Do you grow Alstroemeria?  Do you have a color that I don't?  Do tell! I enjoy your comments here.  Thanks for visiting.  

Happy Gardening! 




Thursday, March 15, 2018

Lost Tree = New Flower Bed

So, we used to have this big Deodar Cedar tree. It must have been planted around the time the house was built in 1941. It was as tall as a telephone pole, maybe 50 feet.  The last two years it kept getting more and more brown :-( I was worried that I might have watered it incorrectly.  But we had that big drought.  Many trees are dying in the southland.  I have seen many Cedars looking iffy too.  Finally I saw no more green on our tree and we made the decision to have it removed.  It was/is very sad. 


Tree BEFORE :-( 

The tree trimmers came and spent two mornings cutting it down in chunks, hauling away the branches and finally grinding out the stump. 



I had a big circle of bricks with plants surrounding the tree. I had to remove all the plants and pot them  up for replanting later so the tree guys could work.  I think I might have only lost one plant, my favorite dwarf Calliandra.   But I already ordered another from Almost Eden Plants just in case. 



Then I was worried that my yellow Clivia plants along the porch might fry in the summer sun. It's eastern exposure but still gets hot. So I dug out one of my 4 big plants, replanted a big piece behind the Tangerine tree and took the rest to the Southern California Horticultural Society meeting. 

I decided to link two flower beds together to make one long one from the teepee to the North(right in the pic).  Why did I need more pathway when I could have more planting area?   The teepee with a climbing rose is in the south end and my new tree will be on the north end.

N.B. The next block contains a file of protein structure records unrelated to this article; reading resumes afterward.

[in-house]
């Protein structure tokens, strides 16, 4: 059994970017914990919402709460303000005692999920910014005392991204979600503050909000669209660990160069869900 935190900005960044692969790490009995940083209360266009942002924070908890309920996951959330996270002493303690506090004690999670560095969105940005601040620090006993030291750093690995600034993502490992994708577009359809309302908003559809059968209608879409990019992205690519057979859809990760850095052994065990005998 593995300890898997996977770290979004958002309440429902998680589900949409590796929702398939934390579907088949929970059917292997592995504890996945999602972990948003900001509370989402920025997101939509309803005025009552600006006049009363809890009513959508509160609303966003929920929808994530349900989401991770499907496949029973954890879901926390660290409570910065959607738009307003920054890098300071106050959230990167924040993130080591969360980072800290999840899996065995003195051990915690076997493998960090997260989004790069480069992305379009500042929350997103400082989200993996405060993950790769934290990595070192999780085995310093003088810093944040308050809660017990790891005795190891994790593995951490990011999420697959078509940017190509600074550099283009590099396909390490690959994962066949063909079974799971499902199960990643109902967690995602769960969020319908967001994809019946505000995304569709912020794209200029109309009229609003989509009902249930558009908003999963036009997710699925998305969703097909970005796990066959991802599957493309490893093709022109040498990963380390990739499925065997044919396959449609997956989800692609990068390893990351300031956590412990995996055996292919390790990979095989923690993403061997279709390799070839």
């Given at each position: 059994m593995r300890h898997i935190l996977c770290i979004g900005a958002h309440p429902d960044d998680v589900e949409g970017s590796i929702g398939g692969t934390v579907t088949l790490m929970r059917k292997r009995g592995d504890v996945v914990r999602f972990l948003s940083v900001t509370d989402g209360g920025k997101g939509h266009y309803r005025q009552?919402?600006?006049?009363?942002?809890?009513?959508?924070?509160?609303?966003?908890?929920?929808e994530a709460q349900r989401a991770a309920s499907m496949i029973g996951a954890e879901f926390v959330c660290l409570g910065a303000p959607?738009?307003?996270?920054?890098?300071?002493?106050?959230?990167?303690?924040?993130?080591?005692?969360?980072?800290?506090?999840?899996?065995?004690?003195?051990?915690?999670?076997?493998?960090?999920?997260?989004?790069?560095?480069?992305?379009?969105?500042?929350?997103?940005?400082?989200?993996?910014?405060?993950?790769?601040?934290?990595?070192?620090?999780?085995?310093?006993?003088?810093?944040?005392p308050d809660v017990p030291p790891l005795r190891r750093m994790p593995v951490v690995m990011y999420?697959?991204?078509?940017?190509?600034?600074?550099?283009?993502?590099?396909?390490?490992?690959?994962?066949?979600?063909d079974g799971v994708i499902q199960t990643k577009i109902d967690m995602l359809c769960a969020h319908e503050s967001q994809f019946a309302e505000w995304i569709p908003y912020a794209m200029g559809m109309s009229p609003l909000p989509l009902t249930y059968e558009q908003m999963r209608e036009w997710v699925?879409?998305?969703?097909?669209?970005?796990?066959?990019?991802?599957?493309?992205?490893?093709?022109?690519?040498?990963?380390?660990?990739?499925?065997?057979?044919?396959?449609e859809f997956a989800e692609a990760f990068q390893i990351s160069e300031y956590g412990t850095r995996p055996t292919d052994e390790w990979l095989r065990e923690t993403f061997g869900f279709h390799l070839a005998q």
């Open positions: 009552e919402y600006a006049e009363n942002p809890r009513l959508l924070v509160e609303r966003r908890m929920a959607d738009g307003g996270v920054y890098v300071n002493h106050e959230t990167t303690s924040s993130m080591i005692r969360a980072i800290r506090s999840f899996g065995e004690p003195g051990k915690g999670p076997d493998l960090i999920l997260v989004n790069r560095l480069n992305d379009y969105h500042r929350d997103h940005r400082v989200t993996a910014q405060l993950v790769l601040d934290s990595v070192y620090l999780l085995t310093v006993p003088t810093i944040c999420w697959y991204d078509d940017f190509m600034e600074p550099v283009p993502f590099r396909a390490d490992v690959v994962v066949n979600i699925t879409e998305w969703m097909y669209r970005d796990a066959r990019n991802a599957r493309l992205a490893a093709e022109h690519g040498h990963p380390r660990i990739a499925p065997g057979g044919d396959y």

I layed out all bricks. Actually they are pieces of that long scalloped edging that came with the house that I broke into brick sized pieces.  I don't like scalloped edging but I made use of it.  




I spent 2 hours "planting" the brick chunks.  I'm not sure about that pointy corner on the right since all other edges are round.  But it is to not waste too much planting space as our brick walkway is nearby.  



Below is what I planted.  The new tree is Michelia champaca alba that gets fragrant creamy white flowers and is related to Magnolia. Since there will be more sun now I planted several roses I had in pots and many of the plants that I had removed from the spot.  I also just got an order from Annie's Annuals and planted 5 new plants from her :-) And I still have space for more perennials. 



Here is from the other side.  


It was really sad to lose the tree.  What is funny is that I spoke to several neighbors about it and both asked me why we had the tree removed.  They couldn't tell that it was dead. Maybe because all the growth was up high.  But still I think that is weird.  

I believe the sign of a true gardener is to mourn a lost plant but to then get excited about what they can plant in its place! 

Happy Gardening! 


SaveSave

Wednesday, March 14, 2018

Teacups

This weekend I got the idea from Flea Market Garden Style magazine to plant in teacups. So on Monday after my morning job in Pasadena I scoured 3 thrift shops and found two acceptable teacups for $3.49. I asked my Rick to drill holes in the bottoms of them for drainage that night. One must use a masonry drill bit. The smaller one was really hard and he almost gave up. Use masking tape on the bottom and drill through it. The tape keeps the ceramic/porcelain or whatever from splintering or cracking. 



Cute, right? Now I want more teacups because I have many little succulents. Here they are with a fern on a small table on our front porch.

Sunday, January 14, 2018

My Favorite Lettuce